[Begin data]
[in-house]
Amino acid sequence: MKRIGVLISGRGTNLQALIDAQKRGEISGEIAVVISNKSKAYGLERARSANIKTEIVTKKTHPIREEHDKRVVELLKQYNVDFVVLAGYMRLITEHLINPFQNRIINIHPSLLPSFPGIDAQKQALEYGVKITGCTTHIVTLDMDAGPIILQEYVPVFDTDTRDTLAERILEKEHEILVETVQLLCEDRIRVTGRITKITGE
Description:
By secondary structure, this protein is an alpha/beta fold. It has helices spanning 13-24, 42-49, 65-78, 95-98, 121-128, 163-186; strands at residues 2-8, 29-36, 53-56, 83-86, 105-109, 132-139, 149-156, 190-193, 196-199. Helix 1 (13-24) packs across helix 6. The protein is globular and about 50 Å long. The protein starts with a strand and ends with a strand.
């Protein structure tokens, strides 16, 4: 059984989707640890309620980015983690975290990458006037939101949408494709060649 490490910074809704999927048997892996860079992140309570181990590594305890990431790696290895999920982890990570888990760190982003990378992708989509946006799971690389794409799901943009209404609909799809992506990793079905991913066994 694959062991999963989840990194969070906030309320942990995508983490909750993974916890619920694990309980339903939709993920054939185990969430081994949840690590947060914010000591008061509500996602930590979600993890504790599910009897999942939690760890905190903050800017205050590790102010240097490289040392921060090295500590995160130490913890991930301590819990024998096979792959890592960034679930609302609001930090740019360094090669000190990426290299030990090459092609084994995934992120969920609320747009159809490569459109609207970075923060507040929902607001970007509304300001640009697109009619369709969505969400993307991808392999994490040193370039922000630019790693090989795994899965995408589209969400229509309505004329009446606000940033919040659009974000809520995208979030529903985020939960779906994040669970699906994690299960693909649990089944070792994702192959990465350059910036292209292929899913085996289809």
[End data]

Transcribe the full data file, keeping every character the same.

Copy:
[in-house]
Amino acid sequence: MKRIGVLISGRGTNLQALIDAQKRGEISGEIAVVISNKSKAYGLERARSANIKTEIVTKKTHPIREEHDKRVVELLKQYNVDFVVLAGYMRLITEHLINPFQNRIINIHPSLLPSFPGIDAQKQALEYGVKITGCTTHIVTLDMDAGPIILQEYVPVFDTDTRDTLAERILEKEHEILVETVQLLCEDRIRVTGRITKITGE
Description:
By secondary structure, this protein is an alpha/beta fold. It has helices spanning 13-24, 42-49, 65-78, 95-98, 121-128, 163-186; strands at residues 2-8, 29-36, 53-56, 83-86, 105-109, 132-139, 149-156, 190-193, 196-199. Helix 1 (13-24) packs across helix 6. The protein is globular and about 50 Å long. The protein starts with a strand and ends with a strand.
């Protein structure tokens, strides 16, 4: 059984989707640890309620980015983690975290990458006037939101949408494709060649 490490910074809704999927048997892996860079992140309570181990590594305890990431790696290895999920982890990570888990760190982003990378992708989509946006799971690389794409799901943009209404609909799809992506990793079905991913066994 694959062991999963989840990194969070906030309320942990995508983490909750993974916890619920694990309980339903939709993920054939185990969430081994949840690590947060914010000591008061509500996602930590979600993890504790599910009897999942939690760890905190903050800017205050590790102010240097490289040392921060090295500590995160130490913890991930301590819990024998096979792959890592960034679930609302609001930090740019360094090669000190990426290299030990090459092609084994995934992120969920609320747009159809490569459109609207970075923060507040929902607001970007509304300001640009697109009619369709969505969400993307991808392999994490040193370039922000630019790693090989795994899965995408589209969400229509309505004329009446606000940033919040659009974000809520995208979030529903985020939960779906994040669970699906994690299960693909649990089944070792994702192959990465350059910036292209292929899913085996289809």